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Opening Rose Hill Mansion For The Season

July 30th, 2021

By Mel Oles, Visitor Services and Programs Manager at Rose Hill Mansion and Johnston House

furniture in the Back Parlor of Rose Hill Mansion covered with sheets

Back Parlor, Rose Hill Mansion

Over the winter we close down Rose Hill Mansion.  The furniture and most objects are covered with sheets. This is done to protect them from sun damage and dust.  The water is turned off and the heat is turned on low. The mansion is able to rest for a few months.

 

 

south side of Rose Hill Mansion being power washed

 

 

Opening the mansion involves removing all the sheets, labeling them and storing them in the linen closet.  We do a lot of cleaning preparing for visitors. This year the windows were cleaned, the furniture was dusted, and the exterior of the mansion was even power washed.

During the 1850s to 1890s the domestic servants who worked for the Swan family did similar tasks.  Ideally, the work of cook and housemaids should proceed like clockwork, without disrupting the Swan family’s morning routine.  It was expected that cook rise as early as 4:00 am to get breakfast ready for the Swan family and their guests.   Breakfast in a well-to-do American household of the mid-19th century was a hearty affair, often using leftovers from the previous day’s dinner to make dishes such as meat hash and meatballs.  This saved time for the cook in the early morning.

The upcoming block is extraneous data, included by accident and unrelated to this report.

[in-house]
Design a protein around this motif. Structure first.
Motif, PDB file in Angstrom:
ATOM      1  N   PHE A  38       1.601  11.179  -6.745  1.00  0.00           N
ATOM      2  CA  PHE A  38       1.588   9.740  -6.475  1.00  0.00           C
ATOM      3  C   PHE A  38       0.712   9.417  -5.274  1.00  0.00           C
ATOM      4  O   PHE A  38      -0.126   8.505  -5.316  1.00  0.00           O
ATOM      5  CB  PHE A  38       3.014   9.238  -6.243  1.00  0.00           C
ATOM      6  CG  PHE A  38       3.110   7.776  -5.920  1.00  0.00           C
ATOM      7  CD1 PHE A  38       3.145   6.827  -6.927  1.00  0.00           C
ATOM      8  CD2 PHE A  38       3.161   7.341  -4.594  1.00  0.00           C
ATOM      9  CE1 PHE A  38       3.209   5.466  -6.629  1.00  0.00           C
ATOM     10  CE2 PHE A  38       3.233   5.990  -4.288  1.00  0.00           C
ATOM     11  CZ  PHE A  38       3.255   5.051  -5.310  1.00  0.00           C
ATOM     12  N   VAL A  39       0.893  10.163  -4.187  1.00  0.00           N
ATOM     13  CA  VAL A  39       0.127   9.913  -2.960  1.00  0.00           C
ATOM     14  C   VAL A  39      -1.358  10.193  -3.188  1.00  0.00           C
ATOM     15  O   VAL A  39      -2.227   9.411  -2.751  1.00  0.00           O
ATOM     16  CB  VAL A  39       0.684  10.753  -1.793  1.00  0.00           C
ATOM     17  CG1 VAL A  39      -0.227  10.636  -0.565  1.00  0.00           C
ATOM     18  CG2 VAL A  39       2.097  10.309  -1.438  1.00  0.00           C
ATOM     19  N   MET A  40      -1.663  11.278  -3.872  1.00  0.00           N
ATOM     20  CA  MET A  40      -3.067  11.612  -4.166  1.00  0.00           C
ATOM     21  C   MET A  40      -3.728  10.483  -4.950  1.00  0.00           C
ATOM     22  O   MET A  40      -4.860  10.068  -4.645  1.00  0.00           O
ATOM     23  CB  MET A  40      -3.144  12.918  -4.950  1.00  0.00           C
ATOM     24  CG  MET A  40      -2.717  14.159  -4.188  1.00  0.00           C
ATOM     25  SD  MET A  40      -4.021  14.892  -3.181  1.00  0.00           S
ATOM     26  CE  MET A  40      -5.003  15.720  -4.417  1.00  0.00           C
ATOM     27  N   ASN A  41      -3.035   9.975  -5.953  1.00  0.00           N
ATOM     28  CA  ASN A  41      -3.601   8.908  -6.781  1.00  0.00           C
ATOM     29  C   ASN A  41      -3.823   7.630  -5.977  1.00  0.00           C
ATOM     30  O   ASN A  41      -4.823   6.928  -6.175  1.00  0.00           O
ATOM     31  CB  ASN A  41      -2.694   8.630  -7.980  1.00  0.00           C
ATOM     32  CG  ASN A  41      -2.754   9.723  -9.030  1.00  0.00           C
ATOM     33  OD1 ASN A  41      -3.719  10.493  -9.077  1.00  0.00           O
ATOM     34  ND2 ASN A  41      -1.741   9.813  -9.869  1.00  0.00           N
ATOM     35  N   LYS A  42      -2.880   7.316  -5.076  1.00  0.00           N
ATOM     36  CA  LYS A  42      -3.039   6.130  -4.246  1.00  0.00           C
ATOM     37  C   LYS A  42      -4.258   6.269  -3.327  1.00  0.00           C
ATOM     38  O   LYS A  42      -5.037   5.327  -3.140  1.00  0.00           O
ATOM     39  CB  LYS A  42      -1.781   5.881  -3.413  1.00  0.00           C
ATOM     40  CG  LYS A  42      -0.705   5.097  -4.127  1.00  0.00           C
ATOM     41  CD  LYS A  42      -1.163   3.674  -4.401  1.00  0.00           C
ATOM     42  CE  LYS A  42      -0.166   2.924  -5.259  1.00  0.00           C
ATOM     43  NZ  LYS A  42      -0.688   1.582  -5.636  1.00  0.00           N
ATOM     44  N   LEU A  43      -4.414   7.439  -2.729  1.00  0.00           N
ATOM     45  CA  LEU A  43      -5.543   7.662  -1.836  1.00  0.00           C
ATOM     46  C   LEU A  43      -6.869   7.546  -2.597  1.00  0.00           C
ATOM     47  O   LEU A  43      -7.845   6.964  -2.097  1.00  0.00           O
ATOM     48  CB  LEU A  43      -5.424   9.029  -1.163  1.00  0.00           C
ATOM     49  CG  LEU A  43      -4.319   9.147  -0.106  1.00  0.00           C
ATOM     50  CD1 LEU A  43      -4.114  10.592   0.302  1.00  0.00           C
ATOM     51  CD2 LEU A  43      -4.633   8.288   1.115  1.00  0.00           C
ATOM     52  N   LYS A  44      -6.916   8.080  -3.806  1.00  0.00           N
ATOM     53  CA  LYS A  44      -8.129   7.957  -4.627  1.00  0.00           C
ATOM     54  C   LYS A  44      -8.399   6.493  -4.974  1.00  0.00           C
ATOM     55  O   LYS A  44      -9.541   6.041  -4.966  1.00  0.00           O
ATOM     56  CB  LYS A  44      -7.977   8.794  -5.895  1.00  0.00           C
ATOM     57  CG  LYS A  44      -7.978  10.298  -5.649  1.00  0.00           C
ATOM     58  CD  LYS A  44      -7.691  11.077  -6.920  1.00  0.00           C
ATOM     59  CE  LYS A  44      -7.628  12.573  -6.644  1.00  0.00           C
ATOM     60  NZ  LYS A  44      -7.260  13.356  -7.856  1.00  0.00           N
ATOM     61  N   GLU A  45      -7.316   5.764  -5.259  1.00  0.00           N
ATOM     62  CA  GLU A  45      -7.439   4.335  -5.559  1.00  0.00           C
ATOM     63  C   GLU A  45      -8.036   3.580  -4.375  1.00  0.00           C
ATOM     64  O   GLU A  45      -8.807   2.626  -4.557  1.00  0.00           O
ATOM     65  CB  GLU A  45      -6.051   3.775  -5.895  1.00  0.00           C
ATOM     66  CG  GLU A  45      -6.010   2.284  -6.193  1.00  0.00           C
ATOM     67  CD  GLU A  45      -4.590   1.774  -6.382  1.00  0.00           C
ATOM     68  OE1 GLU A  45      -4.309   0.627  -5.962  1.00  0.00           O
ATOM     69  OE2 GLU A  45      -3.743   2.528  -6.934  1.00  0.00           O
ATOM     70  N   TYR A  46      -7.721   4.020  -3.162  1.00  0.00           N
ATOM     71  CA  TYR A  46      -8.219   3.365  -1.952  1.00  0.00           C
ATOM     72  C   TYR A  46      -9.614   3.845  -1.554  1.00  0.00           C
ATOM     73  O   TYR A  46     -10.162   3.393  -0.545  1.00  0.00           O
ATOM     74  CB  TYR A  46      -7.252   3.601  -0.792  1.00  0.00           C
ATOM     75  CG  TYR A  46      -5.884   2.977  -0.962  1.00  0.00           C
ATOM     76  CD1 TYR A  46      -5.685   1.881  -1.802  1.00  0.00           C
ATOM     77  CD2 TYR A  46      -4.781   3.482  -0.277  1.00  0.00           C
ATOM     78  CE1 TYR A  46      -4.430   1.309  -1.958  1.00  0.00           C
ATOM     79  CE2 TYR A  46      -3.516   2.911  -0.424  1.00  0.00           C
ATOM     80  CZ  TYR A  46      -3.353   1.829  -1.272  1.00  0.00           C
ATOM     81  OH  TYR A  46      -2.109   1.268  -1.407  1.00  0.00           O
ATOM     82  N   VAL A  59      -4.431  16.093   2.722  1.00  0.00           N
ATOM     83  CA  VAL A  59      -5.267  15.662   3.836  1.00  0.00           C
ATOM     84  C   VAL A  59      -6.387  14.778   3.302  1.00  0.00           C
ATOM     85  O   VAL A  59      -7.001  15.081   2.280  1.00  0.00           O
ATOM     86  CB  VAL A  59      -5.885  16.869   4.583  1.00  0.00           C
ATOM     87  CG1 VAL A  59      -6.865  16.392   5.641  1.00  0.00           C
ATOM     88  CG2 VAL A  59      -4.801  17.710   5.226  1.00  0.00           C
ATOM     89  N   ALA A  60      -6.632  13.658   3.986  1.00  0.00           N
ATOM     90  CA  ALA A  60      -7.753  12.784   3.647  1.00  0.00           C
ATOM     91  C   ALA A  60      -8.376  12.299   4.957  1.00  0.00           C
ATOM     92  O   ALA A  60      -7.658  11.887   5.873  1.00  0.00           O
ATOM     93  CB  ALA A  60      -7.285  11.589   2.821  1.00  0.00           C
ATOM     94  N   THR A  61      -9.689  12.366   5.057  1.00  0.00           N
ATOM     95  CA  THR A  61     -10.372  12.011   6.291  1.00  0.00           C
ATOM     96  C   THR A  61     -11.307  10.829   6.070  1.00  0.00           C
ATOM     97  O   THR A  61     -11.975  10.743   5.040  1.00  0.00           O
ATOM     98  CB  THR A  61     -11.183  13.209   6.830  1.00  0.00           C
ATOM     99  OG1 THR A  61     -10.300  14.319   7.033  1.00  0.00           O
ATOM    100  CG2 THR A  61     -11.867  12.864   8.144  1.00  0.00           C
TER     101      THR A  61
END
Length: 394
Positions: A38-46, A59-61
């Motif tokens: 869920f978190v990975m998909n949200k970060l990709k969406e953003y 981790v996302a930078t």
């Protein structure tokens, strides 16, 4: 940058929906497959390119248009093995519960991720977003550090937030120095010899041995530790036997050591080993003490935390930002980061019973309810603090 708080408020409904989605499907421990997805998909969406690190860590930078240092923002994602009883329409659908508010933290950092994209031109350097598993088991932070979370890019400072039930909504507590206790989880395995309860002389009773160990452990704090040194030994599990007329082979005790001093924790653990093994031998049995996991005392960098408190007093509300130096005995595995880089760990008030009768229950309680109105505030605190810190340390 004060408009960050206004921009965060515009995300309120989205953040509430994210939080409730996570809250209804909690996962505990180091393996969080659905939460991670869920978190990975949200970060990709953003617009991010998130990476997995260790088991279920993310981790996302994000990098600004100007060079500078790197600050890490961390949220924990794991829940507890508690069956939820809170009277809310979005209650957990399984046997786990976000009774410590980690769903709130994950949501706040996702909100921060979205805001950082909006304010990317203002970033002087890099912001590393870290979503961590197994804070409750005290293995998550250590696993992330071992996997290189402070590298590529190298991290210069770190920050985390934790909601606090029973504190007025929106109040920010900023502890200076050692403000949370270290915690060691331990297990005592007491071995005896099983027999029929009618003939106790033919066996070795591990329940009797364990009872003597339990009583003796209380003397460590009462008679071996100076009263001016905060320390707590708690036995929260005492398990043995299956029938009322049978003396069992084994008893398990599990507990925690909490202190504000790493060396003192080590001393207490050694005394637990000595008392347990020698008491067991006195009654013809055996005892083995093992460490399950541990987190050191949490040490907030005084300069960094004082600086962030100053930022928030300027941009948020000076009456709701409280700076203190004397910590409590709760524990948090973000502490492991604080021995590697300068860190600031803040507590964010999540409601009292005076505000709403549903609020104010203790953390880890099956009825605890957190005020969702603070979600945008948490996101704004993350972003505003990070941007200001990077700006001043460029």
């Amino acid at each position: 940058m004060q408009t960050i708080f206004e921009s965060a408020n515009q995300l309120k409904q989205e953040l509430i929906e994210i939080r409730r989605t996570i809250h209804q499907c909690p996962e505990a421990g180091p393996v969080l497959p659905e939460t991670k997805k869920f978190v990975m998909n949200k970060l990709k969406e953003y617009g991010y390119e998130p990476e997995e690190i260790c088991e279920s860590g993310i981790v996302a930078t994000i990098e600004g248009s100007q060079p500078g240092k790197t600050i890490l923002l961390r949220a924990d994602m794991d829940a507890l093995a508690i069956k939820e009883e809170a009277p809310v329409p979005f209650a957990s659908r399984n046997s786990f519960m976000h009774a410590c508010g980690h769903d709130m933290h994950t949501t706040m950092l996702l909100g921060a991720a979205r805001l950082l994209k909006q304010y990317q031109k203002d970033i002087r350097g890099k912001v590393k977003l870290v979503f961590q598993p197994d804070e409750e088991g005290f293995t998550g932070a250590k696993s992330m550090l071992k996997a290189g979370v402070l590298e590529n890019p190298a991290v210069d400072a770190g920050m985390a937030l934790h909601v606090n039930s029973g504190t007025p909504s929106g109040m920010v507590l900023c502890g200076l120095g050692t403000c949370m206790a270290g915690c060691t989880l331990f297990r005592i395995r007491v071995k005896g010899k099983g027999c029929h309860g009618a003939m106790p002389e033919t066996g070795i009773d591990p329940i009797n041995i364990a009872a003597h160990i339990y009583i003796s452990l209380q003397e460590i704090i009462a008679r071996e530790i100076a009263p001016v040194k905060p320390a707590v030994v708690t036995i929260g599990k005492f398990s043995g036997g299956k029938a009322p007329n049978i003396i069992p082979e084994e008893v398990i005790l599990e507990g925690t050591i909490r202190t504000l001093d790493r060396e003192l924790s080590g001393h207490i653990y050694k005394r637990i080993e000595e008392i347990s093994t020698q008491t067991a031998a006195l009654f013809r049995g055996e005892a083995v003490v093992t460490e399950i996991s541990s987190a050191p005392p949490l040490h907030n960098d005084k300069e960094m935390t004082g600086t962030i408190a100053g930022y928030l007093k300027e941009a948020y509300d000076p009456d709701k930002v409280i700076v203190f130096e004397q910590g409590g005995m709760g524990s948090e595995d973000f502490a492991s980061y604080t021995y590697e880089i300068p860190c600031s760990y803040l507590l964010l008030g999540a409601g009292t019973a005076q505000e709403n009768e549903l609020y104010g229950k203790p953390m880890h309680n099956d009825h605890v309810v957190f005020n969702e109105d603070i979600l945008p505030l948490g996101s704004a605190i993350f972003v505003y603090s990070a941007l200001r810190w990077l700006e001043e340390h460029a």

The housemaids would rise around 5:00 am and they would open the shutters.  We open the mansion’s shutters before the first tour of the day.  The housemaids would then put down protective druggets to cover the carpets, then clean out the grates of the dining room and sitting rooms.  Each fireplace would need to be cleaned every day, and the ashes removed. Having re-laid and lit the fires, they would sweep and dust each room, polish the brass, clean the lamp glasses and candlesticks, brush the stair carpets and front hall.  They would then carry up hot water to the bedrooms so that the family could bath or wash.  Wash basins and chamber pots would be discreetly removed from the bedrooms and carried down the servant staircases. The mansion has servant staircases in each wing of the mansion.  While the family was at breakfast the beds were made and bedrooms swept.

A table set for a meal at Rose Hill Mansion

Breakfast Room, Rose Hill Mansion

Once the family finished breakfast, the housemaids would be expected to clear the breakfast table, and then they might sit down to their own morning meal in the kitchen. The housemaids’ duties were essential to maintaining the mansion for the Swan family.  Today we do it for our visitors.

To learn more about the domestic servants, farm laborers, and the families at Rose Hill Mansion please join us for a tour.  The tour schedule, admission and information can be found on our website. We hope to see you soon!

Historic Geneva tells the stories of Geneva, New York.  Discover  these stories online and in person through the Geneva History Museum, Rose Hill Mansion, and Johnston House.

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